Skip to content

Akiyoshidai and Akiyoshidō


Back in May 2010, I spent a few days in Yamaguchi Prefecture and among other things, I visited Akiyoshidai and Akiyoshidō. What are those you may be wondering?

Let’s start with Akiyoshidai, a place that is quite unique in Japan.


Akiyoshidai 1


Akiyoshidai 2


I don’t know about you, but for me it looks more like Scotland than Japan, although I’ve never been to Scotland, so I could be very very wrong. The reason for this unusual landscape is twofold. The first reason is that we have here a karst topography and erosion has shaped the land this way, the softer soil being gone, not the harder rocks, as well as a large number of sinkholes and such. The other reason is a human one. Originally the place was covered with forests, just like most Japanese hills and mountains, but a long time ago, when the first permanent settlements appeared in the area, and especially when people there started to raise cattle, the forest was cut to be replaced by grasslands, and ever since, the plateau is regularly burned in winter (every year?) in order to prevent trees from growing back. As a consequence, we end up with this quite unique place in Japan, a natural area with no tree nor houses (apart from there, all the places I’ve seen in Japan have either one or the other).


Akiyoshidai 3


Akiyoshidai 4


Akiyoshidai 5


Akiyoshidai 6
Told you it looks like Scotland. Look, there are even some thistles.


Akiyoshidai 7


Akiyoshidai 8


Akiyoshidai 9


Under the plateau, there are about 400 caves, although most of them are small, dangerous or simply inaccessible unless you’re a speleologist. However, one of them, Akiyoshidō, happens to be the largest cave in Japan! It’s about 8 kms long (only one kilometer is open to the public). This cave is definitely impressive and is worth a visit.

One advice, the main entrance is downhill from the underground river that runs through the cave, but I advise you to enter through the more uphill entrance if it’s possible when you get there (it was when we did, but it was off-season and not a busy day). There are two advantages when entering uphill. The most obvious one, is that you’ll visit the place walking down instead of walking up, so it’ll be less tiring. The other one is that the best part of the cave is the downhill part, so in my opinion it’s better to see it last.

Also, note that my camera at the time sucked with night pictures so the pics are not exactly great. I publish them nonetheless, because they have a somewhat abstract atmosphere.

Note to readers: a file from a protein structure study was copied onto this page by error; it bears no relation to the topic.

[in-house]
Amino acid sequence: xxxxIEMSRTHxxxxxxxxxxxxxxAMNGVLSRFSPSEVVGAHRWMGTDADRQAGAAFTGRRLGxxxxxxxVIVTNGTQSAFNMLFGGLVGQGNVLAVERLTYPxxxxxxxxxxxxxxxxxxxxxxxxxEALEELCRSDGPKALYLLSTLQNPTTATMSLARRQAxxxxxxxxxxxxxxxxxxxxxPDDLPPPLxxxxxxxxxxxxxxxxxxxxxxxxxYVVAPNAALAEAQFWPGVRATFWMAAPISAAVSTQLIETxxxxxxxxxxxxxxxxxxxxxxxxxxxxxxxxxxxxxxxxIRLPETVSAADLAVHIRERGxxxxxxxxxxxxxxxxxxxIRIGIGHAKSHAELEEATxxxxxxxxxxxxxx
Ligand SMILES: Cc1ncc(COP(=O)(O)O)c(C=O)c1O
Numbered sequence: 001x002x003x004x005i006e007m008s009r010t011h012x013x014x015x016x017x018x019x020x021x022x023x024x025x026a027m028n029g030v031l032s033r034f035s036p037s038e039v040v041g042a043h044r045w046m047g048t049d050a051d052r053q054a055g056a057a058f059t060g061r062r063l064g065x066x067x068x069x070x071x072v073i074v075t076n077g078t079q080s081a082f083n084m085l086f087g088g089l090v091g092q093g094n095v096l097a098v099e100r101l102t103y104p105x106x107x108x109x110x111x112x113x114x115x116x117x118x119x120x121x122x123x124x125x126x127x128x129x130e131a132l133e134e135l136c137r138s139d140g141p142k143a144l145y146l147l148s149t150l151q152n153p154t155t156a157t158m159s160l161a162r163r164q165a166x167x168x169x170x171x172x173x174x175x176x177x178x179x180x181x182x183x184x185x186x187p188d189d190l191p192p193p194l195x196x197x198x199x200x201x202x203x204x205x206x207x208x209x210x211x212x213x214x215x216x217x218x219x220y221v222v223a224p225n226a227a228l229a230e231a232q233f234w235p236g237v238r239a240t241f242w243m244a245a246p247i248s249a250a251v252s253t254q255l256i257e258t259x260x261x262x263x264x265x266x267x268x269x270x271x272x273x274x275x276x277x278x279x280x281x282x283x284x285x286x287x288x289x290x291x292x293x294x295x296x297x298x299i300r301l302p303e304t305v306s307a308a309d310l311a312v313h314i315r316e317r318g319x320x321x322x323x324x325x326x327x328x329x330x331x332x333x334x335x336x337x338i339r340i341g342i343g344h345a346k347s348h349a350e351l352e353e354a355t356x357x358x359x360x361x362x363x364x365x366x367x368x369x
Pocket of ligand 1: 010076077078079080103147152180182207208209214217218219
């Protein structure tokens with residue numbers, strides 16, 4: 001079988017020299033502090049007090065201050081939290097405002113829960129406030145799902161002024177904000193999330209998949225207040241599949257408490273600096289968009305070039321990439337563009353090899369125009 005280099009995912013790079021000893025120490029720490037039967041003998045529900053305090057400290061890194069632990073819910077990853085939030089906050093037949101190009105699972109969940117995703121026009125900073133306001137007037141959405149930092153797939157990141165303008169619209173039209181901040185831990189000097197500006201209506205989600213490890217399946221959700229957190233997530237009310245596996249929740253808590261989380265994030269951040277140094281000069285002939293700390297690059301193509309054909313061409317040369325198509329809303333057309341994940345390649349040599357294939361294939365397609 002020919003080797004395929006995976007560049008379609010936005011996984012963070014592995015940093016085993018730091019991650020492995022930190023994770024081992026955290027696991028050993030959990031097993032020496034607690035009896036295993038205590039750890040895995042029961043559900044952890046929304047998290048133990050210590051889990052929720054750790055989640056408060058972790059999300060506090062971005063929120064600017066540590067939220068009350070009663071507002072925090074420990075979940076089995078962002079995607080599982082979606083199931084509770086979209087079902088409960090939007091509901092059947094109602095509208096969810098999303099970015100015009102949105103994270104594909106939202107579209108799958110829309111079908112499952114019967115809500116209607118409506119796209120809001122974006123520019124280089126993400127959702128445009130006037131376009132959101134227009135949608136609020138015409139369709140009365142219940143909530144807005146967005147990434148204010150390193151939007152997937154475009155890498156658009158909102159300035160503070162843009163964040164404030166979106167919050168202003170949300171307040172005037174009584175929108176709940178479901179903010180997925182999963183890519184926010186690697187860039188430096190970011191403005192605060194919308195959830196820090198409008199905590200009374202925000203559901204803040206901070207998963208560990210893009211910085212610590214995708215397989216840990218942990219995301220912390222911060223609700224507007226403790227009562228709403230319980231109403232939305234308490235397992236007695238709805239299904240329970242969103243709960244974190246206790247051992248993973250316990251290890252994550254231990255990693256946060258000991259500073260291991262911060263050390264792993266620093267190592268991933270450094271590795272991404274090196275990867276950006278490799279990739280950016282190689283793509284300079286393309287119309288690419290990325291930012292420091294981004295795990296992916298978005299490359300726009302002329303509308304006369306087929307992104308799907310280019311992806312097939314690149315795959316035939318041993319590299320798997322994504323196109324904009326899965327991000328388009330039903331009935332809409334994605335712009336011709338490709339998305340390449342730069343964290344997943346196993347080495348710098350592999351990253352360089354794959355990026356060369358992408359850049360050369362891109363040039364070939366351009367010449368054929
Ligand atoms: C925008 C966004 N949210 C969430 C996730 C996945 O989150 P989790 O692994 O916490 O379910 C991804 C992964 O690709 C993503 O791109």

Akiyoshido 12



Click here to do a virtual visit of the cave thanks to Google Maps.


Akiyoshido 14


Akiyoshido 15


Akiyoshido 16


Akiyoshido 17


After exiting the cave (or before entering depending on which way you went), you end up in a tiny village, mostly composed of souvenir store but which still managed to be very cute (I’m sure I’d have a very different opinion if the place had been crowded when we went).


Akiyoshi Rice Field


Akiyoshi Anpanman
Anpanman is everywhere!


Akiyoshi Kappa
For some reason, Kappa seemed to be the mascot of the area.



7 thoughts on “Akiyoshidai and Akiyoshidō”

  1. Yes, looks like an interesting place and a world away from the typical Japanese landscape. I could easily imagine myself in the highlands of Scotland here 🙂 Love the caves and they look like a lot of fun to explore.


  2. I just went there a few days ago.
    Of course people know about Akiyoshido! It’s the biggest limestone cave in Japan!
    I was surprised that so many people actually knew about it at first, but it seems to be quite famous.

    It’s interesting to see how different everything looks in May!
    It will still take a while until I post my photos, but then you’ll see how different the landscape of Akiyoshidai looks in February!

    Yes, every year they have the fire festival which almost EVERY YEAR is postponed due to bad weather. Same happened this year!

    I’ve been to another quite interesting limestone cave in Takayama (Gifu). Also worth a visit as it’s just a bit outside of the city center.

Leave a Reply

Your email address will not be published. Required fields are marked *

This site uses Akismet to reduce spam. Learn how your comment data is processed.